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“Our Lamination Industry” – an Open Letter from Karl Singer

Back in the sixties the laminating industry used a solvent- based adhesive laminate. The solvent glue was applied to the film, then dried in an oven and nipped to the print. One of the largest laminating companies was in Chicago. It was such a large polluter you cold smell it all over town.

In the early 70’s the EPA issued a ban on using solvents for lamination. The industry switched to a new process using a water-based adhesive. The glue was similar to “Elmer’s Glue.” The prints were laminated, rolled up on rewinds, and allowed to dry overnight. They were then separated by hand the next day. Needless to say, this new technology was a bomb.

In the late 70’s the thermal technology was introduced. The process was an immediate success and the entire market stood in line to get the new technology. All the printing back then was lithographic and silk screen. The thermal films easily adhered to these types of printing. This new laminating process opened the door to a vast array of new applications in many new markets.

By 1990 the growth started to peak. New ideas were needed to jumpstart the industry. Just in time, the new invention was the digital printer. These print machines created a need for specialized films to stick to each company’s ink set. The printer manufacturers realized early on that lamination was a necessary adoption to sell their printers. They looked to us for special films and special adhesives to help secure printer sales.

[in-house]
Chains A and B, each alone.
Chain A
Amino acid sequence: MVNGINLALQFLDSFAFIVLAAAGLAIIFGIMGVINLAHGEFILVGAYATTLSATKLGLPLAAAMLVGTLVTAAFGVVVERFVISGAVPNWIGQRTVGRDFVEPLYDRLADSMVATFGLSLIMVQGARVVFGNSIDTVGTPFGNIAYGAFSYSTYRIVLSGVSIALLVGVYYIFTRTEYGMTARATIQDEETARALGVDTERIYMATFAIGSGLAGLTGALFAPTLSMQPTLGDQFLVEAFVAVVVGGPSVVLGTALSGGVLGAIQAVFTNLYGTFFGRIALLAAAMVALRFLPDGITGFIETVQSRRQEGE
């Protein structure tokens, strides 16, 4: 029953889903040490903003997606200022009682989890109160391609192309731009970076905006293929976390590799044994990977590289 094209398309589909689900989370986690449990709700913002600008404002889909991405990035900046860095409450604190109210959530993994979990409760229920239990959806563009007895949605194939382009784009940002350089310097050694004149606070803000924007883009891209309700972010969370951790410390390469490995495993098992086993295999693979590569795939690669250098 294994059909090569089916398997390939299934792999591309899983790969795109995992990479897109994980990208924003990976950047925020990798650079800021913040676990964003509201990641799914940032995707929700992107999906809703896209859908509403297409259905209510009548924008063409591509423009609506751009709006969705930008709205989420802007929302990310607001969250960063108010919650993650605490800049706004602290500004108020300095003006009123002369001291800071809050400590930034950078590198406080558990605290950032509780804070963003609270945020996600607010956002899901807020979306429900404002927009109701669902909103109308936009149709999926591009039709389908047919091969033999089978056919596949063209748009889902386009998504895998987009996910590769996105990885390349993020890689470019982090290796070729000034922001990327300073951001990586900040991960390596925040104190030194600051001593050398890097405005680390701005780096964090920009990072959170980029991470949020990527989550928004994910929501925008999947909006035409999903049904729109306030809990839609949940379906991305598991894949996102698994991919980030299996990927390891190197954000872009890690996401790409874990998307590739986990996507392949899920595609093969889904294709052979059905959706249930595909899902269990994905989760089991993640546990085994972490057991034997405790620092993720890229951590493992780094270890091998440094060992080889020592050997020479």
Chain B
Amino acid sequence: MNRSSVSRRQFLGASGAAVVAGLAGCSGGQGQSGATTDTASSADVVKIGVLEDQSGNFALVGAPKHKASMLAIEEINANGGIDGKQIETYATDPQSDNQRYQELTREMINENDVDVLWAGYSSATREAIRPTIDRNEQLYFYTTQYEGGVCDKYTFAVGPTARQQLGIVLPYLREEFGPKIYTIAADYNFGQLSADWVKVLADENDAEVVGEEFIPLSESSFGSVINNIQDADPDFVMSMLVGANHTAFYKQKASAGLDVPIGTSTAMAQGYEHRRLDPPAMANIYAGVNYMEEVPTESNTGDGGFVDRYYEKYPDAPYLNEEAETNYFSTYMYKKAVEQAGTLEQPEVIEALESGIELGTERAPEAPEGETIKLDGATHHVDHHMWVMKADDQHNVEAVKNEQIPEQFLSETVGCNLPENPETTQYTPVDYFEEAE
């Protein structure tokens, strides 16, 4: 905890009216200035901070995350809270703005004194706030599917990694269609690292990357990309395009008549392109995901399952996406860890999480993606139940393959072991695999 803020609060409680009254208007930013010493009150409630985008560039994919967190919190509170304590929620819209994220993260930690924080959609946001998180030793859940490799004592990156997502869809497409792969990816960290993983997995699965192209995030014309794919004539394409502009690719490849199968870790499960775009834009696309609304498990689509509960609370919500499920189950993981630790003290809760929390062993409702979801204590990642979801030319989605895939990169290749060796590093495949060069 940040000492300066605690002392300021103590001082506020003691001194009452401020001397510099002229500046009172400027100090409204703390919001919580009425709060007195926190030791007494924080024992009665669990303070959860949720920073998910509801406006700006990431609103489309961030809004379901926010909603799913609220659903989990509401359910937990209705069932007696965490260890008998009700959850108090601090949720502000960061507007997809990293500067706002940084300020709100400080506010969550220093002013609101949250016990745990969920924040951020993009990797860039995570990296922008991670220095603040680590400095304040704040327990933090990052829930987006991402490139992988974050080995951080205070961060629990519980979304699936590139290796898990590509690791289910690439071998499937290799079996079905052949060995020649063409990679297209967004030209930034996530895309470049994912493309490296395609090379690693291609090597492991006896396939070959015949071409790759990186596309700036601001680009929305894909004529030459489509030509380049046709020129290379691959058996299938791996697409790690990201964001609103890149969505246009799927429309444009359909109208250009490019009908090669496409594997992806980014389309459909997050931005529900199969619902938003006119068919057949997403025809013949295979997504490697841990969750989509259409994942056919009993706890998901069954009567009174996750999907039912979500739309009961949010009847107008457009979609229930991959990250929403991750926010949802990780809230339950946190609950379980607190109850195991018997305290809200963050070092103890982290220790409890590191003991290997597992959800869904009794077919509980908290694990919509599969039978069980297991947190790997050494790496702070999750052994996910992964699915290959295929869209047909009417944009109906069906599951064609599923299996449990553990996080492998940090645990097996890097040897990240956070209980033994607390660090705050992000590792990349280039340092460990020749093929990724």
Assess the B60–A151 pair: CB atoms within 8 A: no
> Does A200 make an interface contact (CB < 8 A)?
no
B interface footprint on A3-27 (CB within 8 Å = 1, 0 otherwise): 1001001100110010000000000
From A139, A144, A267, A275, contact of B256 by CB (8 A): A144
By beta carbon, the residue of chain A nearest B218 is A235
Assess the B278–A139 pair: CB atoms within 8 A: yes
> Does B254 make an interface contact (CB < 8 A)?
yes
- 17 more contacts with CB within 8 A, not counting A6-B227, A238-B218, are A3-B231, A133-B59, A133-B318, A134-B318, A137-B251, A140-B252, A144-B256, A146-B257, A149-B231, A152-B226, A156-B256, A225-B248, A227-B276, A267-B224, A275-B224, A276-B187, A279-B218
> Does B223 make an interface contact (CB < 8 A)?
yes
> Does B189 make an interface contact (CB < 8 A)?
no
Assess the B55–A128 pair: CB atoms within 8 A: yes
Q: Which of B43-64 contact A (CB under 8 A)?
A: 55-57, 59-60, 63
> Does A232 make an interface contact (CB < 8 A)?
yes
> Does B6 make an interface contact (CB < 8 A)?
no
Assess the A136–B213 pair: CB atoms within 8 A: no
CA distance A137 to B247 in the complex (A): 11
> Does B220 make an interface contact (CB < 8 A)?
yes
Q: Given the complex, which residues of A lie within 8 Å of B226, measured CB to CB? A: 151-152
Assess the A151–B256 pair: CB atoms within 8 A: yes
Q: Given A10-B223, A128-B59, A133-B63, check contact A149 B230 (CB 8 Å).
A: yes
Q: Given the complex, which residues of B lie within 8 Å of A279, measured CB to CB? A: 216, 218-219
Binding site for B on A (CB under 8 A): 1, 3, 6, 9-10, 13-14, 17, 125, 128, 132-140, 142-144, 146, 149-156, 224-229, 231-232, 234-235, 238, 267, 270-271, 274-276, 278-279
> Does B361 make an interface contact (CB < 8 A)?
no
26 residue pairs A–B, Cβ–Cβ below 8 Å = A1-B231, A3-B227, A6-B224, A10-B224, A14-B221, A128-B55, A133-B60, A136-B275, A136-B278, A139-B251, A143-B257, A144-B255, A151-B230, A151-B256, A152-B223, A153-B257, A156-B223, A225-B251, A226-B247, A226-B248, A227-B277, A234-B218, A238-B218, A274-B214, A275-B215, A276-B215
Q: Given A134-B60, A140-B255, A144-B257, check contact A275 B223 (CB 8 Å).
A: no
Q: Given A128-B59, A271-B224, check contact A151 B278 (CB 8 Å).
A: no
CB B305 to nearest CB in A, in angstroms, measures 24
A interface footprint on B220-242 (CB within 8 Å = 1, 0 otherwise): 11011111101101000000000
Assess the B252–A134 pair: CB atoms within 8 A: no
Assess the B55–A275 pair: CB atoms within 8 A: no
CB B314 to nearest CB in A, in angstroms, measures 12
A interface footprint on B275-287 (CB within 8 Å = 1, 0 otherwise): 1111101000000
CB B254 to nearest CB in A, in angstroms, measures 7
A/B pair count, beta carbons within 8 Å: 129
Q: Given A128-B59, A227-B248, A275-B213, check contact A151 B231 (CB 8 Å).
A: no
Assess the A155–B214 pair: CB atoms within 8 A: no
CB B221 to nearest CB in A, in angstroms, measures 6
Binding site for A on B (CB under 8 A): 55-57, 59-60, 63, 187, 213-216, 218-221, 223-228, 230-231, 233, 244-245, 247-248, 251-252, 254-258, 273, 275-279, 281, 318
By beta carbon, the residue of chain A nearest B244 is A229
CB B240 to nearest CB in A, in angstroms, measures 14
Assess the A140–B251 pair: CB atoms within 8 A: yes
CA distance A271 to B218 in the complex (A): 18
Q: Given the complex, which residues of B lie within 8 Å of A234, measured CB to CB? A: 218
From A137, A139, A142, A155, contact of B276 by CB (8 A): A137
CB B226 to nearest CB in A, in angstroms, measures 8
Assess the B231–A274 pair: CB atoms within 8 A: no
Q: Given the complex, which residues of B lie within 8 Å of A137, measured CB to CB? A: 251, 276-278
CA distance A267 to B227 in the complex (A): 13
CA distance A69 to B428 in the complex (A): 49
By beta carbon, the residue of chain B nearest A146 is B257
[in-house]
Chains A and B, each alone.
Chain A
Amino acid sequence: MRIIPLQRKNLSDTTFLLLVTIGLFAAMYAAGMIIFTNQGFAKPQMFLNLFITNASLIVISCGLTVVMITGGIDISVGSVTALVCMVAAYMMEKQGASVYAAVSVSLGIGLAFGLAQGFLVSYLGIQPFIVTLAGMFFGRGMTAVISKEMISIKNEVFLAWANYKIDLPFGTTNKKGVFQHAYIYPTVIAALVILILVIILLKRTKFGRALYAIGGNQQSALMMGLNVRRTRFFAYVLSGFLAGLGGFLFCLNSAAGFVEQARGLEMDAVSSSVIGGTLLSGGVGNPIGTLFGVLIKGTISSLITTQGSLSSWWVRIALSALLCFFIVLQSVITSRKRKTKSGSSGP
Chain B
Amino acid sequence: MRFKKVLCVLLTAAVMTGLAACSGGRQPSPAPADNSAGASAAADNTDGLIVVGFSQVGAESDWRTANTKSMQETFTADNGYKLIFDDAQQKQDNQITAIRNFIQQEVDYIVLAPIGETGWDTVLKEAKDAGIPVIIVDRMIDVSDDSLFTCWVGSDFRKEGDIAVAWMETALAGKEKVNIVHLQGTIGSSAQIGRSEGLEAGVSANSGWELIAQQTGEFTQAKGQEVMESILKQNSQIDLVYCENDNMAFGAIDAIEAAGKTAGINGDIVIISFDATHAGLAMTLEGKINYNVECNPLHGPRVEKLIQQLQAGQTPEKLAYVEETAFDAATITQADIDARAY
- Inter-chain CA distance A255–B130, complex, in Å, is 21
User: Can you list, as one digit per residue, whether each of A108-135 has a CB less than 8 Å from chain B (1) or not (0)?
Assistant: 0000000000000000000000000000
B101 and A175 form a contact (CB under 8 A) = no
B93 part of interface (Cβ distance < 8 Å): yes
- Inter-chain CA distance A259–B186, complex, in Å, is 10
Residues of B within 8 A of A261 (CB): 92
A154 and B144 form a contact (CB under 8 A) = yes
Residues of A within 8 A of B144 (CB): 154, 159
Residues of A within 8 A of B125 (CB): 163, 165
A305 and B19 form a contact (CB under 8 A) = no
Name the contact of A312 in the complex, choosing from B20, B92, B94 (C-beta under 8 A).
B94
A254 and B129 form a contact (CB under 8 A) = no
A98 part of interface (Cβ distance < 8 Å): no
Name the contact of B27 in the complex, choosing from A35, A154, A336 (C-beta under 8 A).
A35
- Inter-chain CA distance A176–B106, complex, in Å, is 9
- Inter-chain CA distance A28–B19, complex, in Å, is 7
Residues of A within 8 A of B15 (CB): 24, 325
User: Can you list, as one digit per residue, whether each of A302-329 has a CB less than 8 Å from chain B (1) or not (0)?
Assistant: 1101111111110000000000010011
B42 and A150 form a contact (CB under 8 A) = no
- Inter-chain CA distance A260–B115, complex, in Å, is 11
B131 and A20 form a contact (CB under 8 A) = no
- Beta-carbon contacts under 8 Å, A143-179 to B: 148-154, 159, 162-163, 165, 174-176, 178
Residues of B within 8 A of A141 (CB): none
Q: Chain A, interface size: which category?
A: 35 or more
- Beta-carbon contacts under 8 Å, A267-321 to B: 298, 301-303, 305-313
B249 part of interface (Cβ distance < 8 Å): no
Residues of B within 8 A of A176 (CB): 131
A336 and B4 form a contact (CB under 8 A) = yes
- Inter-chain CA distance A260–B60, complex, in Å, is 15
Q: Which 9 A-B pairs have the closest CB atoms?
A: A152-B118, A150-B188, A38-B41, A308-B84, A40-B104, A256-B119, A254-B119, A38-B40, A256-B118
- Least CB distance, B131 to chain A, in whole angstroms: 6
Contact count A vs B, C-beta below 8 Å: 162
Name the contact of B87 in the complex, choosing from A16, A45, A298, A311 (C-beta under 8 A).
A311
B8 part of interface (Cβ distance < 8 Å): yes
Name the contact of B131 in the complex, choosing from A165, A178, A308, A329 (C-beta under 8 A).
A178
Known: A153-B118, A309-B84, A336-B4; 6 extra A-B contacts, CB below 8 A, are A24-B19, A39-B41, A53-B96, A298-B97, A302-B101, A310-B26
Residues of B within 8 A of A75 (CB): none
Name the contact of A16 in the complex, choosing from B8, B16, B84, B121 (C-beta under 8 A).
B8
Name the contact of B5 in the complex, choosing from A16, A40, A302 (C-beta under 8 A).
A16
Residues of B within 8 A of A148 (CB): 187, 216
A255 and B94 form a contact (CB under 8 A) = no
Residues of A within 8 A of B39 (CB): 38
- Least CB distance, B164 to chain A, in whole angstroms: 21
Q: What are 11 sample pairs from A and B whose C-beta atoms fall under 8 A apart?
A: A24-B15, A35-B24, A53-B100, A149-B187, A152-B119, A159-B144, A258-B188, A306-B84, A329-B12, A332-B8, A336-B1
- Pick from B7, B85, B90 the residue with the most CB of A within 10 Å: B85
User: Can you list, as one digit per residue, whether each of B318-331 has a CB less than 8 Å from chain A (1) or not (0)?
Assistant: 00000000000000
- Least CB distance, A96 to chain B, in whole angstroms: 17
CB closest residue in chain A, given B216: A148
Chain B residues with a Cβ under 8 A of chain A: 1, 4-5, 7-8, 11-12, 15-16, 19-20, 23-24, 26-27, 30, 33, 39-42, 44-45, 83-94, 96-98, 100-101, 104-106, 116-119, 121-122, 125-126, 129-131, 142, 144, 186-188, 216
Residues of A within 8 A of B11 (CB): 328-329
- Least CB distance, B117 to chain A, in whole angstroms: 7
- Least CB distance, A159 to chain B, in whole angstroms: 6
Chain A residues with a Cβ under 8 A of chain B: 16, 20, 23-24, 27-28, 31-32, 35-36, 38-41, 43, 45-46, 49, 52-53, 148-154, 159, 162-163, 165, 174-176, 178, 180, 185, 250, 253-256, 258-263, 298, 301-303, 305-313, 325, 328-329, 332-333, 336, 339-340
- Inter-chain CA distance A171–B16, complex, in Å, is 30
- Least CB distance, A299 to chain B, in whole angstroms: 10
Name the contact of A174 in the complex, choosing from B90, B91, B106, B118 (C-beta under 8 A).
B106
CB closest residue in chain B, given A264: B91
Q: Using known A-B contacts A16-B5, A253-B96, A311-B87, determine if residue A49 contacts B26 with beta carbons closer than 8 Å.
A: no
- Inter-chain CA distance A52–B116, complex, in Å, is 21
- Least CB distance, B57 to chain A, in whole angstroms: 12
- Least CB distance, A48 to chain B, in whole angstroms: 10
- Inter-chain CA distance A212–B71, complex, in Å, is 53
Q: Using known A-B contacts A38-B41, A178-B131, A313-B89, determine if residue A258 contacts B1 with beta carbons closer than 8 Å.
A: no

Realizing how important this new print technology was to the laminating film industry, everyone jumped in with new R&D to secure their share of the market. Today the printers are more sophisticated – running faster, wider, and able to print on many new surfaces. They are determined to grow their market. Their potential is unlimited. We need to secure our position in their market with our products.

There are only three companies in the USA that manufacture thermal laminating films for this market. It is up to us to provide the R&D necessary to keep pace with this fast-growing print market.

I wonder if we are a thermal film industry or just a supplier to the digital print industry. The problem is our industry is not important enough. We rise and fall with the seasons, and have been battered every few years with events such as 9/11, the housing crisis, COVID, and now an impending recession. It’s time we get important as an industry.

The larger and stronger we are, the better we can battle these ups and downs. Think about how dependent we are to the printer manufacturers. Where would they be without us? Where would we be without them? Let’s do our part to grow this market and become more important.

Where do you spend your money? Is some of it being spent to improve our market or is it going into someone’s pocket, or worse – going to another country?

Our industry isn’t important enough and strong enough.


Karl Singer
D&K Group, Inc.

Comments? Reply to karl.singer@dkgroup.net